Then we took 3DMark up a notch to the resolution of 2560 x 1440. Let’s take a look!

Surprisingly, the GeForce GTX 1050 and 1050 Ti did even better at this resolution. Despite having only 2 GB of GDDR5 memory, the GeForce GTX 1050 was 24% faster than the Radeon RX 460. The GeForce GTX 1050 Ti was now 34% faster than the Radeon RX 460.

They also edged a little closer in performance to the Radeon RX 470, which was now 47% faster than the GeForce GTX 1050 Ti, and 60% faster than the GeForce GTX 1050.

 

3DMark (3840 x 2160)

This is torture, even for the GeForce GTX 980 Ti and the GeForce GTX 1070!

It is definitely a very, very bad idea to play any game at this resolution on the GeForce GTX 1050 and 1050 Ti. Especially the GeForce GTX 1050, which only has 2 GB of memory. In this resolution, the Radeon RX 460 (which has 4 GB of memory) was actually 7% faster! The GeForce GTX 1050 Ti was now 33% faster than the Radeon RX 460.

The Radeon RX 470 was now 49% faster than the GeForce GTX 1050 Ti, and twice as fast as the GeForce GTX 1050.

Next Page > Ashes of the Singularity & Warhammer Benchmark Results

 

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Ashes of the Singularity (1920 x 1080)

We tested Ashes of the Singularity in the DirectX 12 mode, which supports the new Asynchronous Compute feature. We started with the full HD resolution.

The GeForce GTX 1050 and 1050 Ti were 6% and 17% faster than the Radeon RX 460 respectively. All three delivered playable frame rates of over 30 fps at this resolution.

 

Ashes of the Singularity (2560 x 1440)

We then took Ashes of the Singularity up a notch to the resolution of 2560 x 1440. Let’s see how the cards fare…

Only the GeForce GTX 1050 Ti was fast enough to deliver a playable frame rate above 30 fps at this resolution. The Radeon RX 460 was actually slightly (2%) faster than the GeForce GTX 1050, probably due to its larger memory size.

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Warhammer (1920 x 1080)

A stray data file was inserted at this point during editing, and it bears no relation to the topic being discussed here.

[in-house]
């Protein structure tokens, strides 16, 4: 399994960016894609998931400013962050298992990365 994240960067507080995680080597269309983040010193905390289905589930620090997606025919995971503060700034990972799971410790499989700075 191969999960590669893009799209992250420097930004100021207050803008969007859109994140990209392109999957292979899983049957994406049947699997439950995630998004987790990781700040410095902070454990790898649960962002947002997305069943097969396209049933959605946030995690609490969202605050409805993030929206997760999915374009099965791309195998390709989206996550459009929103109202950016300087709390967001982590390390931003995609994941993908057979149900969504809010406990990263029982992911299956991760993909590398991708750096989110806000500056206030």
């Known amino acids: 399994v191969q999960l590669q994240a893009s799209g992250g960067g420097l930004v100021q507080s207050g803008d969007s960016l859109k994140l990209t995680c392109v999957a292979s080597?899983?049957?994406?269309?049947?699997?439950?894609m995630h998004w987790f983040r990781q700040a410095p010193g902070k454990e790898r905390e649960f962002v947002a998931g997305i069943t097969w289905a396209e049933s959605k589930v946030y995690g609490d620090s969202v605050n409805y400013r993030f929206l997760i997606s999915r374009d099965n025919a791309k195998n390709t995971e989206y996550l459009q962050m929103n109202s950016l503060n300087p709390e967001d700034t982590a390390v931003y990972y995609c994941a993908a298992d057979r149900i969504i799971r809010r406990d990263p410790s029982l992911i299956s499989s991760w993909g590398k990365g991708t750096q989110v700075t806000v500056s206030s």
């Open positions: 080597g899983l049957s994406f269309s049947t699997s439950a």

This chart shows you the minimum and maximum frame rates, as well as the average frame rate, recorded by Total War : Warhammer‘s internal DirectX 12 benchmark.

The GeForce GTX 1050 and 1050 Ti were 2% and 15% faster than the Radeon RX 460 respectively. All three delivered playable frame rates of about 40 fps at this resolution.

 

Warhammer (2560 x 1440)

This chart shows you the minimum and maximum frame rates, as well as the average frame rate, recorded by Total War : Warhammer‘s internal DirectX 12 benchmark.

The GeForce GTX 1050 and 1050 Ti did better at this resolution, coming in 9% and 20% faster than the Radeon RX 460 respectively. Only the GeForce GTX 1050 Ti delivered (barely) playable frame rates at this resolution.

Next Page > The Witcher 3 & Fallout 4 Benchmark Results

 

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The Witcher 3 (1920 x 1080)

This chart shows you the minimum and maximum frame rates, as well as the average frame rate, that FRAPS recorded in The Witcher 3.

The GeForce GTX 1050 and GeForce GTX 1050 Ti did well in this game, coming in 17% and 32% faster than the Radeon RX 460 respectively. The two new GeForce cards delivered reasonably playable frame rates.

 

The Witcher 3 (2560 x 1440)

This chart shows you the minimum and maximum frame rates, as well as the average frame rate, that FRAPS recorded in The Witcher 3.